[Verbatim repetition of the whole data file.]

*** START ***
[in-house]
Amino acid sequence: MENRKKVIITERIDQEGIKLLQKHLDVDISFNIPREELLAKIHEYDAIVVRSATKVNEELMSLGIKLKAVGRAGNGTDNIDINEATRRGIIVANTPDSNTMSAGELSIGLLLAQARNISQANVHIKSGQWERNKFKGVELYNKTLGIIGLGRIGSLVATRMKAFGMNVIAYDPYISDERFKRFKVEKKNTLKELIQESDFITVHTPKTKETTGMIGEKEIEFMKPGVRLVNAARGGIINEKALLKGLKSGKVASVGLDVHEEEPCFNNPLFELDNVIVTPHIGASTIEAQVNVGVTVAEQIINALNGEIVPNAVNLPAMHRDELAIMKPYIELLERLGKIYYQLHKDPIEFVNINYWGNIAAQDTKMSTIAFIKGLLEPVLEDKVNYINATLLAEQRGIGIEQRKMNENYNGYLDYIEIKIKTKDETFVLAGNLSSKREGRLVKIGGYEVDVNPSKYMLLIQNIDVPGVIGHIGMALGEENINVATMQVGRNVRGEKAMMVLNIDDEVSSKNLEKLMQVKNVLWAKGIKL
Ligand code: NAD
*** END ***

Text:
[in-house]
Amino acid sequence: MENRKKVIITERIDQEGIKLLQKHLDVDISFNIPREELLAKIHEYDAIVVRSATKVNEELMSLGIKLKAVGRAGNGTDNIDINEATRRGIIVANTPDSNTMSAGELSIGLLLAQARNISQANVHIKSGQWERNKFKGVELYNKTLGIIGLGRIGSLVATRMKAFGMNVIAYDPYISDERFKRFKVEKKNTLKELIQESDFITVHTPKTKETTGMIGEKEIEFMKPGVRLVNAARGGIINEKALLKGLKSGKVASVGLDVHEEEPCFNNPLFELDNVIVTPHIGASTIEAQVNVGVTVAEQIINALNGEIVPNAVNLPAMHRDELAIMKPYIELLERLGKIYYQLHKDPIEFVNINYWGNIAAQDTKMSTIAFIKGLLEPVLEDKVNYINATLLAEQRGIGIEQRKMNENYNGYLDYIEIKIKTKDETFVLAGNLSSKREGRLVKIGGYEVDVNPSKYMLLIQNIDVPGVIGHIGMALGEENINVATMQVGRNVRGEKAMMVLNIDDEVSSKNLEKLMQVKNVLWAKGIKL
Ligand code: NAD